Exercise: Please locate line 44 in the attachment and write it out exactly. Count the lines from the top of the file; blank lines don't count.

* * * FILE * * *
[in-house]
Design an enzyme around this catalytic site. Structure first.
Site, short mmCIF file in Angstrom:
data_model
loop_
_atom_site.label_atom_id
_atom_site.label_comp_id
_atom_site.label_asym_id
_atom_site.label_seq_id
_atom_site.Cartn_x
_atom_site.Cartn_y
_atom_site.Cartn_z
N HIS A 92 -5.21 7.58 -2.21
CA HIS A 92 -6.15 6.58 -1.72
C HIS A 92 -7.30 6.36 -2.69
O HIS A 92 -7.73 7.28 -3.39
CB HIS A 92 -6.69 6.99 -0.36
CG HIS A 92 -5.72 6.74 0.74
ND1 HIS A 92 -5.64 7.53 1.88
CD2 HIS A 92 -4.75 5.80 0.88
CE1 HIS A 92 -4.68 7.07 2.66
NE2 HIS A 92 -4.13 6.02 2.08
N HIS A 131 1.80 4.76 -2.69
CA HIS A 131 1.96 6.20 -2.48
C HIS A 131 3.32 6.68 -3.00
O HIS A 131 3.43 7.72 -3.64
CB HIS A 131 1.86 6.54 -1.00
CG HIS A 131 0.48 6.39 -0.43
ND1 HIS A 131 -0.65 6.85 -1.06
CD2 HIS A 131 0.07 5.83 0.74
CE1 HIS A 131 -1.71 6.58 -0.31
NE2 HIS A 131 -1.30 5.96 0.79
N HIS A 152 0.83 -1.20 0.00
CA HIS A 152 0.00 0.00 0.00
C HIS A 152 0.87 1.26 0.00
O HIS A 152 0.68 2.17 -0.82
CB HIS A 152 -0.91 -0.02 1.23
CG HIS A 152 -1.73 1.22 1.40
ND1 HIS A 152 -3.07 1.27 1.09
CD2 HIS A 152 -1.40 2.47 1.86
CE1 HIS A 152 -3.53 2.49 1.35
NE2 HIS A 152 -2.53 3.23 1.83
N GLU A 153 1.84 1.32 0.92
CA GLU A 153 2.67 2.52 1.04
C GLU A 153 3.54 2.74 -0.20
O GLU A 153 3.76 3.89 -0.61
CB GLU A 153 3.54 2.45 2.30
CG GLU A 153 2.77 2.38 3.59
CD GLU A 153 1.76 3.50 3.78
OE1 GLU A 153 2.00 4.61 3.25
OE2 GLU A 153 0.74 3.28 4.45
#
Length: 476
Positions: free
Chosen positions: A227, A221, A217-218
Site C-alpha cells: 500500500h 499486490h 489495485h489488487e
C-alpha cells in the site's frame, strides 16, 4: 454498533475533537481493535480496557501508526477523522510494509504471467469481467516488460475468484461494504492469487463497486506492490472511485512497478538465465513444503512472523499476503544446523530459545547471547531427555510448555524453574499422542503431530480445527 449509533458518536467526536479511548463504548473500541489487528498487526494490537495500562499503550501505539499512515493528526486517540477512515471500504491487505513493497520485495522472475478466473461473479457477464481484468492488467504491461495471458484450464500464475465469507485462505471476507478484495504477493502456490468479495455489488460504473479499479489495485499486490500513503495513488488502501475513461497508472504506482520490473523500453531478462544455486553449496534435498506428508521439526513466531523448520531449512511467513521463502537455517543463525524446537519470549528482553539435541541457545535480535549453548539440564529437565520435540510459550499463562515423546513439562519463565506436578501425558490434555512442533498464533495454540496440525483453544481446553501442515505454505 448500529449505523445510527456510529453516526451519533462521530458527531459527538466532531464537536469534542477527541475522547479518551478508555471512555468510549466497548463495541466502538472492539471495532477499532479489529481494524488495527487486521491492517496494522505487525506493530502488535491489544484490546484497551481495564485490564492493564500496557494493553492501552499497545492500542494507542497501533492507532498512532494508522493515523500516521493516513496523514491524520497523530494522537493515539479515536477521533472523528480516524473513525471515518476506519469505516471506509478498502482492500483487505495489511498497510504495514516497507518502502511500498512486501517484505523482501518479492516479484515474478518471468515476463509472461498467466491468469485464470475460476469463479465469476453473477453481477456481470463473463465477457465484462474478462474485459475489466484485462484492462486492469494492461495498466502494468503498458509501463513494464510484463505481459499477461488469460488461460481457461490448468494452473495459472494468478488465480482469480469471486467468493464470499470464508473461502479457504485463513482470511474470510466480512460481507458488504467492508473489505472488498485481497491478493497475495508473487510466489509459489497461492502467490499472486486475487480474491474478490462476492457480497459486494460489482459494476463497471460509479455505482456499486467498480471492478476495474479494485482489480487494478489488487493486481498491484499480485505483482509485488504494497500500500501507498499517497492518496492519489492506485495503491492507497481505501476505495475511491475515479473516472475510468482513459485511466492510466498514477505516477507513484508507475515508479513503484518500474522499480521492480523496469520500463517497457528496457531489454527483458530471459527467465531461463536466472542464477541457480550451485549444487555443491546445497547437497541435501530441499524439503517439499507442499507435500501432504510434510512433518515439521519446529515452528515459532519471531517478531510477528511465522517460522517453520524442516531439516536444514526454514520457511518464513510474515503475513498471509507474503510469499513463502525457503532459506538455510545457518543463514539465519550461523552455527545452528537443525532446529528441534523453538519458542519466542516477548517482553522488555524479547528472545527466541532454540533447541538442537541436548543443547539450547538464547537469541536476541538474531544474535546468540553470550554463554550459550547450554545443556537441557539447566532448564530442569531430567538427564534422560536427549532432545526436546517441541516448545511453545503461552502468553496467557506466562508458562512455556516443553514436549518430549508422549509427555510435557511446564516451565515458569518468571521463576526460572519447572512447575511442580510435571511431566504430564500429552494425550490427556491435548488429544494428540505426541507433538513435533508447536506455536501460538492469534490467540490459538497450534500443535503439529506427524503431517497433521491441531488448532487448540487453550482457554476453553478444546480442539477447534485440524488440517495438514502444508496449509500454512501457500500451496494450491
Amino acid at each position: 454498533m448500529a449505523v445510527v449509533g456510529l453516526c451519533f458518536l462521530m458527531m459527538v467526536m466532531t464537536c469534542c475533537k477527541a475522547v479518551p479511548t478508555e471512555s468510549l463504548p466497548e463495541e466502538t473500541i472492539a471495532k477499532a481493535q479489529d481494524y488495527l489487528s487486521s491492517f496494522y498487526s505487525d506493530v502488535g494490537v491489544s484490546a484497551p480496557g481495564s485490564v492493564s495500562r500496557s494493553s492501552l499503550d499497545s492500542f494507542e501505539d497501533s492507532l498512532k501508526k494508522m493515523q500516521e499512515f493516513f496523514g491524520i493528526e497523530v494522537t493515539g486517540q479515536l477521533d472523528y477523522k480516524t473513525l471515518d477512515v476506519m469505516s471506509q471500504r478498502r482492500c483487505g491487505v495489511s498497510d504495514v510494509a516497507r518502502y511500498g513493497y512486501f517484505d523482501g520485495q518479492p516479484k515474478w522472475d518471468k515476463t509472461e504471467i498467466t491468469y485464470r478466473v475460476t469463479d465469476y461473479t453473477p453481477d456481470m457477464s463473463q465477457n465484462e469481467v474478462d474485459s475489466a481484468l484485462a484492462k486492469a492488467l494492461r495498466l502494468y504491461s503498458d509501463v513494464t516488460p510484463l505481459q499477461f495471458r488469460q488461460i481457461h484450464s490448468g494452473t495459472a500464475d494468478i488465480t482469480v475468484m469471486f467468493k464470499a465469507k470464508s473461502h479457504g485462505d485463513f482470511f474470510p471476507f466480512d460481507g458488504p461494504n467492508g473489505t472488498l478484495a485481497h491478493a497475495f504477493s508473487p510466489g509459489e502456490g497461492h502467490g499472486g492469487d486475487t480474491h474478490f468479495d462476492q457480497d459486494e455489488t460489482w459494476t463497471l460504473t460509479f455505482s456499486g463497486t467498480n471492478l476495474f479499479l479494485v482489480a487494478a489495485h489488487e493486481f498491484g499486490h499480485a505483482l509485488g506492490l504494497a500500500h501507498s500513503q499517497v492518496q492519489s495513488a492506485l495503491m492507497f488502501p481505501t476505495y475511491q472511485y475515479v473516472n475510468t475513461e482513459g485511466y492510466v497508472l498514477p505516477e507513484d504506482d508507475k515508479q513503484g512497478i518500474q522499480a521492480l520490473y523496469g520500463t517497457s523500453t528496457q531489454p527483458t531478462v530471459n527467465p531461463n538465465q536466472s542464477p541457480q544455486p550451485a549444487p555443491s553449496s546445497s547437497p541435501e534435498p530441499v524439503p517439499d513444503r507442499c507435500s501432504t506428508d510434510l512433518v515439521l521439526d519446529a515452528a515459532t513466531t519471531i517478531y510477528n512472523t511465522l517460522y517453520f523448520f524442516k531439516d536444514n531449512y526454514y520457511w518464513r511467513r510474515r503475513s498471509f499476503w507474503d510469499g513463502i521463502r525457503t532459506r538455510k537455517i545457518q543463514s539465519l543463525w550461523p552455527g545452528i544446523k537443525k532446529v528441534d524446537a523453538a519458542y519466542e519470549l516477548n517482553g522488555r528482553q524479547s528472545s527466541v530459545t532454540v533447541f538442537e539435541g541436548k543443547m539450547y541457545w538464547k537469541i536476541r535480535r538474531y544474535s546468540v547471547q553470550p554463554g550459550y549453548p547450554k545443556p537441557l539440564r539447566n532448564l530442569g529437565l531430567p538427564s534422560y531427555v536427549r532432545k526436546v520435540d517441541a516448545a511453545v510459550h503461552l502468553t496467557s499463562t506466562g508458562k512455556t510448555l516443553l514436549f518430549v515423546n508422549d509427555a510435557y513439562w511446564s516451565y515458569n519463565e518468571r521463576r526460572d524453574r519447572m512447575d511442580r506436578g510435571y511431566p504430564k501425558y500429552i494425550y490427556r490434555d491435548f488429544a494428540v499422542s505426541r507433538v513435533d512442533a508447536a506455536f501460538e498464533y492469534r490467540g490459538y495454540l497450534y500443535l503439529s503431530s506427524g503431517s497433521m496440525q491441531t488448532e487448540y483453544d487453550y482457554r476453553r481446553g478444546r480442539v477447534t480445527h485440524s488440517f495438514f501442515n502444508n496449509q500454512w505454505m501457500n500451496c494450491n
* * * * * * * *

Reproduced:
CA GLU A 153 2.67 2.52 1.04